Mapping Data: Choices & Challenges - DLS Talk by Jason Dykes, City University London

Past Dates

Thursday, May 5, 2016 - 3:30pm to 5:00pm


Hugh Dempster Building (6245 Agronomy Rd), Room 110

Speaker:  Jason Dykes, Professor, City University London (UK)

Title:  Mapping Data: Choices & Challenges

Host:  Tamara Munzner, UBC Computer Science


Work at the giCentre at City University London creatively explores interactions between Cartography and Information Visualization - between the development and study of symbolised depictions of geographical settings and the use of physical space in graphics to represent non-spatial relationships. When do we want to emphasize spatial structure in our data? When do we want to emphasize non-spatial structure? Can we do both?

This talk will focus on recent work in which we design and develop novel maps and graphics by adding structure to geographic representations to help with comparison and geography to non-spatial representations to reveal geographic relationships.

I'll show how examples in which we use these partial geographies - for example to reveal voting behaviours, manage a cycle hire scheme, find structure in migration patterns and analyse user contributed photo streams.

The talk will introduce ideas for design and development that draw upon these giCentre applications and experiences as we characterise the design space between geographic visualization and information visualization. I'll also present some ideas about when and where we might want to emphasize particular aspects of geography in our visual design - by outlining some choices we have made and challenges we might face.


Jason Dykes is Professor of Visualization at the giCentre, where he and his colleagues design and develop maps and graphics that help make sense of data and explain phenomena in a range of domains. These interactive interfaces to data have helped generate insights and communicate trends in collaboration with, for example, climatologists, historical geographers, animal ecologists and analysts in defence, local government, the insurance industry, public transportation, criminal intelligence and energy. This applied work has resulted in a series of techniques, frameworks and guidelines to support broader visualization efforts. It has been recognised through four successive 'Best Paper' prizes at GIS Research UK meetings for innovative visualization work (2007, 2008, 2009 & 2010). Other giCentre palmares include 'Honorable Mentions' at IEEE InfoVis in 2009 and 2010, the Best Paper award at IEEE EuroVIS 2014, prizes in the IEEE VAST Challenge in 2009 and 2010 for innovative applied visualization and awards from Google, Nokia and The GeoInformation Group.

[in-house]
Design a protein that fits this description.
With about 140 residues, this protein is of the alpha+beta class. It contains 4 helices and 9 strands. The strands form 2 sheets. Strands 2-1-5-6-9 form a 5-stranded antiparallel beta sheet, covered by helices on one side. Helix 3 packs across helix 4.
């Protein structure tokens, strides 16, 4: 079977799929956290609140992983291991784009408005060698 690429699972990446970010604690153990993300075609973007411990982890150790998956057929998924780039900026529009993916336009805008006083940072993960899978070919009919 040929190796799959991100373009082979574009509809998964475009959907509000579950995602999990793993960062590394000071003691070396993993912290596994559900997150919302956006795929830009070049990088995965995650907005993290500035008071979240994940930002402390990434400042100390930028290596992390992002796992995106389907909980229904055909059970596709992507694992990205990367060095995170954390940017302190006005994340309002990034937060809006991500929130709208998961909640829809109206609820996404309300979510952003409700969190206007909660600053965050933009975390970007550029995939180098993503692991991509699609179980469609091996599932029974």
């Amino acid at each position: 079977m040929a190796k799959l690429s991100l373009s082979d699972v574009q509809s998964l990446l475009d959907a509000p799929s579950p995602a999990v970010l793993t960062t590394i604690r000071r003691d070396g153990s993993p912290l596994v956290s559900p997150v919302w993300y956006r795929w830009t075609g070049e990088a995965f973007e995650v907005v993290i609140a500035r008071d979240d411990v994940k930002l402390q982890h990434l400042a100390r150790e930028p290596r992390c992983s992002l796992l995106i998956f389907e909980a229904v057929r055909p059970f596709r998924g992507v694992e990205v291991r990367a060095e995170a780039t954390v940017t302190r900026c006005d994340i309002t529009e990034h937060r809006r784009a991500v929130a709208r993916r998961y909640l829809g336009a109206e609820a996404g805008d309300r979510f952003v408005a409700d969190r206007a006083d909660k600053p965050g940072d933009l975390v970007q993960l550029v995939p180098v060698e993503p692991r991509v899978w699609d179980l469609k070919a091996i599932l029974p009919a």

Co-chair of the ICA Commission on GeoVisualization and lead editor of 'Exploring Geovisualization' (Dykes et al., 2005), Jason was chair of IEEE Information Visualization 2014 in Paris having twice acted as papers chair (2012-13) and was recently appointed to the IEEE Information Visualization Steering Committee. He was made a National Teaching Fellow of the UK Higher Education Academy in 2005 and has given keynotes at the AutoCarto, GIScience and GISRUK conferences. Jason initiated the Velo Club de VIS, a highly disorganised visualization road bike club with fancy jerseys.


Hugh Dempster Building (6245 Agronomy Rd), Room 110